A screenshot of a cell phone Description automatically generated                             A screenshot of a cell phone Description automatically generated

The bright color competes with the text, making it hard to read. The white background is much cleaner and simpler to read.

Selecting a few distinct colors

Like painting a room, pick a few distinct colors with complementary shades for your newsletter design.

Consider choosing colors that match your organization’s brand for consistency. To match a color exactly, you can use tools like Color Cop for PC users, or  Digital Color Meter  for Macs, to find the RGB or Hex value of the colors on your website or in your logo. These values are like paint codes for emails. Once you have these values, you can type them in to the email editor to get an exact color match.

The GIF below shows how you can change the background color of your email by typing in your hex code.

Animated GIF

7. Strong call-to-action (CTA) buttons

When you’re trying to get a reader to take an action, like donating or signing up to an event, buttons are your friends. They’re easier to click than hyperlinks, which can get selected by accident, especially on a small device. In the email editor, you can add a button gadget by dragging and dropping it into the body of your email.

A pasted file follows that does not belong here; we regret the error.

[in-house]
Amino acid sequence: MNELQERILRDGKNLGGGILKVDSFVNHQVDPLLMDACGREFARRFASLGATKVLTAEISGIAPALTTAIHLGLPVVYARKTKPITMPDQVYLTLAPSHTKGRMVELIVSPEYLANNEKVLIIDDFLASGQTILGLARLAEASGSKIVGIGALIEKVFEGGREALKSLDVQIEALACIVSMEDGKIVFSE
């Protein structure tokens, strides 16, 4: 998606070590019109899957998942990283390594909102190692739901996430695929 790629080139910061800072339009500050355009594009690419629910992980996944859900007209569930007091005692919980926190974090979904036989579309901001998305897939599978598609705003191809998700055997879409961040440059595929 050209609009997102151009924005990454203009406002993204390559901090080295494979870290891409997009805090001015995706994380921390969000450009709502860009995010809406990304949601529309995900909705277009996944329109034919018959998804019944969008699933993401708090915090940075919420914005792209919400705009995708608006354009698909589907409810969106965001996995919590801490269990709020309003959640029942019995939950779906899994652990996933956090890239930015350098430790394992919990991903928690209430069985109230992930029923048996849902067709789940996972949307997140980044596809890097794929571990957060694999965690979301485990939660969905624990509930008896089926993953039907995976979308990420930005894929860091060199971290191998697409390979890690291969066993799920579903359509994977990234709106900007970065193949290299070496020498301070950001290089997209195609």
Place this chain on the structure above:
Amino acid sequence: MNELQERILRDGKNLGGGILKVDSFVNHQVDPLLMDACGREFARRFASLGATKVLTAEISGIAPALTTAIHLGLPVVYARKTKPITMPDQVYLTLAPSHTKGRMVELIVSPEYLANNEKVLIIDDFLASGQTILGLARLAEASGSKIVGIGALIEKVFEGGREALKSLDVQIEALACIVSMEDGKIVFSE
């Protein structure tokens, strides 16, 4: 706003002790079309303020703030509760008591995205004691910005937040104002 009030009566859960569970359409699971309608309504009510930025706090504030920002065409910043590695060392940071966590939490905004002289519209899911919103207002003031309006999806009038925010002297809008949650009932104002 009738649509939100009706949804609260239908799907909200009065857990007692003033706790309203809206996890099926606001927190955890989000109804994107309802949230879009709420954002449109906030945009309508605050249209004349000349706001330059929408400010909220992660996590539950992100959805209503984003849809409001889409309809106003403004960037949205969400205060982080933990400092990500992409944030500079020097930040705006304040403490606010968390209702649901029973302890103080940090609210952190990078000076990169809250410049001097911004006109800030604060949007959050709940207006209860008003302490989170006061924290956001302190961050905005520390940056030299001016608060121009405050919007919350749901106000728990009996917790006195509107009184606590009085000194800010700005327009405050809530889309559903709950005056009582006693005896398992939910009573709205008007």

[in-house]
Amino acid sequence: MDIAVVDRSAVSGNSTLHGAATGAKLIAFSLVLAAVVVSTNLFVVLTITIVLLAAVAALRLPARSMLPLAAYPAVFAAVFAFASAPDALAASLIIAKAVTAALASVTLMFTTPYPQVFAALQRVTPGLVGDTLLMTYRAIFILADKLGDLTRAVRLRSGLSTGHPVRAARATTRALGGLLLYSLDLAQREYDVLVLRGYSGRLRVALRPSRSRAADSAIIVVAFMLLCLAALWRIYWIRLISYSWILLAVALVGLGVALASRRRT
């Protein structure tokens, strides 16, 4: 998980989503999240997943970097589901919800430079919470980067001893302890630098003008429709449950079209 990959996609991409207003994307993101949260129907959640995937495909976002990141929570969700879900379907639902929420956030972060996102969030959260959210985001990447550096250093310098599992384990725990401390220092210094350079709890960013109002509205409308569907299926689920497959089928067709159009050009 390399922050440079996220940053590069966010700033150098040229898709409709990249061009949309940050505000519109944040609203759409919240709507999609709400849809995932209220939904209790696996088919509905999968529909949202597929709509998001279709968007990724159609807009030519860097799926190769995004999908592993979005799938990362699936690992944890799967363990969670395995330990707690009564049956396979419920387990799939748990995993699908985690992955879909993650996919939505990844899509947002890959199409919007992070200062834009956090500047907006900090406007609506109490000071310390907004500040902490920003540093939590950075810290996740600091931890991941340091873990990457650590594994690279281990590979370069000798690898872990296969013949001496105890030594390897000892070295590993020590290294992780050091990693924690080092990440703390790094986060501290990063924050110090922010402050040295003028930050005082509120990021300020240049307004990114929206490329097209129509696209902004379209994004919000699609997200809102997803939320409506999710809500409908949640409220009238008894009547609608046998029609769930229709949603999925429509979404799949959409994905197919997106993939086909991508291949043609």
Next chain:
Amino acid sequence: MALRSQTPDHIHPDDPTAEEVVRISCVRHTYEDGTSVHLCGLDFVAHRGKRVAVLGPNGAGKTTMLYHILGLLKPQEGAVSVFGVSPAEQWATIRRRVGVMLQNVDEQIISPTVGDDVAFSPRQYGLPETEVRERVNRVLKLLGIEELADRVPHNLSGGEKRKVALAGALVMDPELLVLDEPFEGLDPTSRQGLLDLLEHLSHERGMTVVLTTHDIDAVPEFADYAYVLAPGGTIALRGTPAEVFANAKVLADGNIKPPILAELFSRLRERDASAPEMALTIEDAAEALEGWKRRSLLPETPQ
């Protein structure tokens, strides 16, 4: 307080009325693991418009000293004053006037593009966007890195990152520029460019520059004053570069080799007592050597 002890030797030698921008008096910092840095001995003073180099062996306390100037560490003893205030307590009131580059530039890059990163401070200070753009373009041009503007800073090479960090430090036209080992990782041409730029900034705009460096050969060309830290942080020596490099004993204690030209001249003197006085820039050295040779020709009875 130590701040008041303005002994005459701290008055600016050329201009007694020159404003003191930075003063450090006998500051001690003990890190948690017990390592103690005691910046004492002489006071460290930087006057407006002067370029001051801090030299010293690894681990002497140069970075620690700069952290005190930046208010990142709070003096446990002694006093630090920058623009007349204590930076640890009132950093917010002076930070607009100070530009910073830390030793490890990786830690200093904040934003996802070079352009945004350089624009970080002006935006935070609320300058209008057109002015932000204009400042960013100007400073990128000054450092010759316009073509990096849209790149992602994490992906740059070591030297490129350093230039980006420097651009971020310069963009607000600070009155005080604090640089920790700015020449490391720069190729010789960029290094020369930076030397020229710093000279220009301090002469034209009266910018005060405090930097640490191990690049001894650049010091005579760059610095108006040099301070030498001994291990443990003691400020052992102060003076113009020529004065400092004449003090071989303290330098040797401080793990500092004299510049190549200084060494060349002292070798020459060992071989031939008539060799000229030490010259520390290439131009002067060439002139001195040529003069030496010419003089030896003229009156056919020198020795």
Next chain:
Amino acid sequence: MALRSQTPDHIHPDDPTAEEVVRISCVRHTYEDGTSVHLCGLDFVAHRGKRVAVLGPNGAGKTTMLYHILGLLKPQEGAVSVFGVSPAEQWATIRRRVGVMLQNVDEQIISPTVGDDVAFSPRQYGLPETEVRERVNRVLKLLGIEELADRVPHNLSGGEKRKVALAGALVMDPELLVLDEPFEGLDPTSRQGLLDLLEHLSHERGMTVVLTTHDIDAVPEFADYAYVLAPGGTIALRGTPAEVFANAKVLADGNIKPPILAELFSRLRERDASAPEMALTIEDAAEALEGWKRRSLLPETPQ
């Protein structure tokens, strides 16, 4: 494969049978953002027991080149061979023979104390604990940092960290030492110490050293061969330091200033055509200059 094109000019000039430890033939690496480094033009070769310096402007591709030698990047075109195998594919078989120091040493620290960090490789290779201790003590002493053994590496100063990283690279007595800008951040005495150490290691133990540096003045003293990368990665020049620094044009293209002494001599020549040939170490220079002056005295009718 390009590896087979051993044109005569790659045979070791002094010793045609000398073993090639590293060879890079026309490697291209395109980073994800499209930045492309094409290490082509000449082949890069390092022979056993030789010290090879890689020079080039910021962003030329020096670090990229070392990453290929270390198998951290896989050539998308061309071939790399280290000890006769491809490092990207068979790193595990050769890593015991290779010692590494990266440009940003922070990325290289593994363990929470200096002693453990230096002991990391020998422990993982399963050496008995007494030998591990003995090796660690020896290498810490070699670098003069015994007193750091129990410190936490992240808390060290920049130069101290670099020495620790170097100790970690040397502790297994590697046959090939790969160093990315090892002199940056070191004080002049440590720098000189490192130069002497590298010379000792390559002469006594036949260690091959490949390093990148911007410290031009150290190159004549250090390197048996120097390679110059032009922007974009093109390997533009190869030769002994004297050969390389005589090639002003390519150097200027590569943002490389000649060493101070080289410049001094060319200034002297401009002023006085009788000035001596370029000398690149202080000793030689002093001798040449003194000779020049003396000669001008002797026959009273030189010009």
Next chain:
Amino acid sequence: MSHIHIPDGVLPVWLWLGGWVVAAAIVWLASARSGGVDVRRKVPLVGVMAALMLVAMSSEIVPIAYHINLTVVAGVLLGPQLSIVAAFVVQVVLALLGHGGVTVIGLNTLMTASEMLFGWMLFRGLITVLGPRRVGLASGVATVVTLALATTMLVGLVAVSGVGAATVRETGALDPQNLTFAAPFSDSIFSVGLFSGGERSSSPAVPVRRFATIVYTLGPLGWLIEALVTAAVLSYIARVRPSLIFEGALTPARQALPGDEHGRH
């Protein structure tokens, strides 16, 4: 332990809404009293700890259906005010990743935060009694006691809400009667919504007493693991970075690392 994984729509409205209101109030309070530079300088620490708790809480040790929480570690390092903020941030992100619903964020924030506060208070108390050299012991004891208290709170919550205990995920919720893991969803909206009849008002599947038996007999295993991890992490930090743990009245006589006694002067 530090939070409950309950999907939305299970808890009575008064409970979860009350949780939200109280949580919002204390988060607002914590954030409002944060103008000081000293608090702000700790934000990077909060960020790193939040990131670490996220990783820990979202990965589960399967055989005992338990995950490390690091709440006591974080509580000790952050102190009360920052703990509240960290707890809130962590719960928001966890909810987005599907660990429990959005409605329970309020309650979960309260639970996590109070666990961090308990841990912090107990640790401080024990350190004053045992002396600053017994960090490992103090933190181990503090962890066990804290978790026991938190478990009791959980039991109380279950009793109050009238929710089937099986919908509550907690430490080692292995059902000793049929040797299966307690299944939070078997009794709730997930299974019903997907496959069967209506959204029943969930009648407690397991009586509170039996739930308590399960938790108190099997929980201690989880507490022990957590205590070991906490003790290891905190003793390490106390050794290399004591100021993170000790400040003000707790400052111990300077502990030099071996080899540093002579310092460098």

One way to get more people to click on your button is to use colors that make them stand out from the text. Labelling your button with an action word like “sign up,” “download,” or “learn more” will encourage people to click.

To label a button in the email editor, click the button gadget to open the button settings panel, and enter your text in the label field.

A screenshot of a cell phone Description automatically generated

Also, it’s best practice to place your call-to-action button towards the top of your email, so people can see it without having to scroll down.

8. Don’t forget to test!

Once you send the email, you can’t take it back—so be sure to test! In the preview page of the email editor, you can click the Send a test button before you dispatch your newsletter to your mailing list.

You can send this email to yourself or forward the email to your colleagues, or your friends and family who can provide their valuable input.

Ask them to look for things like grammar, formatting, and spacing. Is there anything that doesn’t look right? Keep in mind that emails may look different on different browsers and devices, so try opening the email on common browsers or applications like Google Chrome, Safari, and Outlook, and on a desktop, tablet and smartphone.

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I hope you’ve found these tips helpful! Feel free to let us know which ones you’re putting into practice in the comments below.

If you follow these steps, you’ll be well on your way to seeing your newsletter being opened and read by many more people.

For more advice, look at these related articles and posts: